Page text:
Bitcoin’s (BTC) near-term outlook appears constructive as blockchain data show short-term holders of the cryptocurrency are moving coins at a profit.
The seven-day moving average of the short-term holder’s (STH) spent output profit ratio (SOPR) has recently moved back above 1, according to blockchain analytics firm Glassnode.
“After a brief stint of coins moving at a loss, STH-SOPR is now back above 1,” analysts at Blockware Solutions said in a weekly newsletter. “This is bullish for near-term price action as it shows capitulation from short-term holders.”
The short-term holder SOPR of more than 1 means the average short-term holder in the market is selling coins at a profit. A reading below 1 is considered a sign of capitulation, while a reading of 1 indicates the average short-term holder is just breaking even.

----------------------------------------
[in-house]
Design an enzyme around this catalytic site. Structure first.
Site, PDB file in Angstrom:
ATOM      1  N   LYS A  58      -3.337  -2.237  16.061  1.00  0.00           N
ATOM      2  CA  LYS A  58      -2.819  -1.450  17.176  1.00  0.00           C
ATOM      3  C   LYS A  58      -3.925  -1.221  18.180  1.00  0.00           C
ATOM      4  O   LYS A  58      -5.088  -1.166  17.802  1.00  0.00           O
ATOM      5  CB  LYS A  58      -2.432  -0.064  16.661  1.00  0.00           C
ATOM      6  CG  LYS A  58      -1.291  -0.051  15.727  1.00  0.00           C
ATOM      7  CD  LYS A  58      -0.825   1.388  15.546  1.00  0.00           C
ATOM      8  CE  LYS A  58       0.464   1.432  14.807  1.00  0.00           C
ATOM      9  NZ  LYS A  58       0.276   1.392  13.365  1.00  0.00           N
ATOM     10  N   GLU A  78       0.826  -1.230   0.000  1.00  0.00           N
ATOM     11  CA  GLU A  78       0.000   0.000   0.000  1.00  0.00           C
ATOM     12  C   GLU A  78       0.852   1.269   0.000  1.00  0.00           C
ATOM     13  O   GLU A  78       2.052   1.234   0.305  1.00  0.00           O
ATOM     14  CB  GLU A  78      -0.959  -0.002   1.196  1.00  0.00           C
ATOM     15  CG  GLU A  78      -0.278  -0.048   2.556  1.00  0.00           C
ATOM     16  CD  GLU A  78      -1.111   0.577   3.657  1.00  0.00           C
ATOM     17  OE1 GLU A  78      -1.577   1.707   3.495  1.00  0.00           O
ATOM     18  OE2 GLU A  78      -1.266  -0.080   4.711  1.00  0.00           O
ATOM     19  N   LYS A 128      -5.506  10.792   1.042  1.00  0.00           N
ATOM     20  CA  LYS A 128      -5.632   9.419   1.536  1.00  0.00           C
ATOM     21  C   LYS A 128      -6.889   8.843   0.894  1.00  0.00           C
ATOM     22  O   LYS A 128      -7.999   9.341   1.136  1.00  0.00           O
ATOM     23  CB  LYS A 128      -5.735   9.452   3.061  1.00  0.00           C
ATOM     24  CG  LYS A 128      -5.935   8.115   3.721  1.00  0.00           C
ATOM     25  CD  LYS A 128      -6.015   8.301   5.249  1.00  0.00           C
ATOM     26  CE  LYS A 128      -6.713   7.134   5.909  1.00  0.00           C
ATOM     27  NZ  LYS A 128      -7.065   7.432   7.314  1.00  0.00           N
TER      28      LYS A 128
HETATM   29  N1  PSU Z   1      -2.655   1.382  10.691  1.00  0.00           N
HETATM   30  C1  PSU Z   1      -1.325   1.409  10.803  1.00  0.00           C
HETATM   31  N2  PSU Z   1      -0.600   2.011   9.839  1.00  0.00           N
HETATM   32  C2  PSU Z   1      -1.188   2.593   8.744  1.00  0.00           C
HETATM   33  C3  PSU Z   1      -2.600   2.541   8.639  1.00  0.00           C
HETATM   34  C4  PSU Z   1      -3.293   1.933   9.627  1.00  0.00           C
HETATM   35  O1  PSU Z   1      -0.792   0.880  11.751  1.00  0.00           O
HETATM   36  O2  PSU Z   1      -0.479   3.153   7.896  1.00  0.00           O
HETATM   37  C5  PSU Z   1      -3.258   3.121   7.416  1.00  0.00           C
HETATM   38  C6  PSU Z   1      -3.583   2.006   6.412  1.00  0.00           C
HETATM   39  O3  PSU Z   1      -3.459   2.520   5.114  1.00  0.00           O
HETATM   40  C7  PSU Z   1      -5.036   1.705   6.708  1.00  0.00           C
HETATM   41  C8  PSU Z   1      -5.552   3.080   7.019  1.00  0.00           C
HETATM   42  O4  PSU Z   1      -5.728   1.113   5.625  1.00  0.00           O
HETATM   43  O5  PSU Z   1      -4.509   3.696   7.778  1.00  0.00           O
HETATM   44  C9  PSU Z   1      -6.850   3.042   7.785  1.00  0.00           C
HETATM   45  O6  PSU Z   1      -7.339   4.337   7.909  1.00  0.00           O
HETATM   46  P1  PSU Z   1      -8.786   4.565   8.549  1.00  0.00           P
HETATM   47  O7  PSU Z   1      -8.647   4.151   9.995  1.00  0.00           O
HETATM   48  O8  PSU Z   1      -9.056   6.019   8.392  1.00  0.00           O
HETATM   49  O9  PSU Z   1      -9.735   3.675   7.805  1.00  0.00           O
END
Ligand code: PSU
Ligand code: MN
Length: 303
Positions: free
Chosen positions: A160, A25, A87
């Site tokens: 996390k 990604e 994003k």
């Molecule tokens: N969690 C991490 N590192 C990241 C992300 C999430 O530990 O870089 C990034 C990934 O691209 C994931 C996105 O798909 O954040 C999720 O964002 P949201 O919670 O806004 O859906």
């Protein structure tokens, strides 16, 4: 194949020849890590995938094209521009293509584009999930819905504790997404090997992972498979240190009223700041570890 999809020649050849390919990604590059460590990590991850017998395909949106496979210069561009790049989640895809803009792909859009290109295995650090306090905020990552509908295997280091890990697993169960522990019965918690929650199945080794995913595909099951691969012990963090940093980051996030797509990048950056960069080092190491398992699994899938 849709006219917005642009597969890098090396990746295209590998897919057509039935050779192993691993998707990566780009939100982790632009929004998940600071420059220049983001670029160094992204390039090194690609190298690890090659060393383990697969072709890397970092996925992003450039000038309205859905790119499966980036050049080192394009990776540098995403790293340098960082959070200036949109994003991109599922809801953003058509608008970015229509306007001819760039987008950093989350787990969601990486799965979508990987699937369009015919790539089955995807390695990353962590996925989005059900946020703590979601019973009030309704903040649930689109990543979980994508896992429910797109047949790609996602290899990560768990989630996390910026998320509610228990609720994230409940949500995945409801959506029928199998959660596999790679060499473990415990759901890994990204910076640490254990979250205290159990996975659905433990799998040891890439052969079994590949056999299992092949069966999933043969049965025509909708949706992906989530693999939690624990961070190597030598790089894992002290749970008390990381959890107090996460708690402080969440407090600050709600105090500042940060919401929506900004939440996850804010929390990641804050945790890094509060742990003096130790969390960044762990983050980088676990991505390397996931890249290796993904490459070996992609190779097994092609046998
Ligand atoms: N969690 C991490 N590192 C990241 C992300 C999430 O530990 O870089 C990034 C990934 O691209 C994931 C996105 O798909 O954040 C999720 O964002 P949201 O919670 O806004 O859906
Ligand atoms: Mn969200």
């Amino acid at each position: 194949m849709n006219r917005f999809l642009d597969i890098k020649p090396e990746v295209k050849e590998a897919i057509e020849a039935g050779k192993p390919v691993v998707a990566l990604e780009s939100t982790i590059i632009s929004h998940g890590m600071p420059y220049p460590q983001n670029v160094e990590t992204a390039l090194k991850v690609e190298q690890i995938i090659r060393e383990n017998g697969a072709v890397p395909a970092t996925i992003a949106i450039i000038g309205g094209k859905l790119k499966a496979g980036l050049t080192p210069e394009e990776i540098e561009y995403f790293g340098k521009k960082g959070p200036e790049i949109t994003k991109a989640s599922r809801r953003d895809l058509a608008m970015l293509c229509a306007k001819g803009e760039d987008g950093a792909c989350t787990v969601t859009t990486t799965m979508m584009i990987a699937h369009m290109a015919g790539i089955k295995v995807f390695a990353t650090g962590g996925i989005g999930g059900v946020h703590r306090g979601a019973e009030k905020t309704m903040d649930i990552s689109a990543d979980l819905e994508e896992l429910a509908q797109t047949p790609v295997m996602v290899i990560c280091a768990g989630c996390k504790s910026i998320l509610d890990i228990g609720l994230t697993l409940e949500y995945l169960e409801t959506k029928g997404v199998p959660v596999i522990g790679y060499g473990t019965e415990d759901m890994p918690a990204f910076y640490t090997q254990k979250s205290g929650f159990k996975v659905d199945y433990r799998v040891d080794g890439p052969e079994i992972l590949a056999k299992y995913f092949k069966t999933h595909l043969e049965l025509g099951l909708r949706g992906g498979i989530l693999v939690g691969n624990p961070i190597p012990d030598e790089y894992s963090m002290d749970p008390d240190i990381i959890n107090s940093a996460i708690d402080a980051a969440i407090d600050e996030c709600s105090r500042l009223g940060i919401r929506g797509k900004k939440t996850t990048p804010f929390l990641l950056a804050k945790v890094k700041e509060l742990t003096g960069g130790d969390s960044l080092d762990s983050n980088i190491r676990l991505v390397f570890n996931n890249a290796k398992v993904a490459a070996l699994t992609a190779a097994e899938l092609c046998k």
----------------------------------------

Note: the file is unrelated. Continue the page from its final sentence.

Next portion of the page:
The SOPR is calculated by dividing the realized dollar value of a spent output (UTXO) by the value at output creation to reflect the degree of realized profit for all coins moved on-chain. The short-term holder SOPR is focused on all wallets that have held onto their coins for less than 155 days.
The STH SOPR has historically stayed above 1 during bull markets. That’s understandable, as rallies allow short-term holders – mostly new entrants, active traders or weak hands – to liquidate their holdings at a price higher than the acquisition cost.
Besides, the area around 1 tends to act as a support level during bull runs, as holders, expecting continued price rallies, see their cost basis as a profitable buying opportunity. On the flip side, level 1 acts as resistance during bearish trends.
The STH SOPR crossed above 1 in January, signaling a bullish trend reversal and has since tested the support twice. Bitcoin has rallied over 68% this year, according to CoinDesk data. At press time, the cryptocurrency was trading near $27,900, having put in a high of $28,441 during the overnight trade, CoinDesk data show.
Bitcoin’s long-term holders also turned profitable a month ago, signaling a major bullish period ahead.
Edited by Sandali Handagama.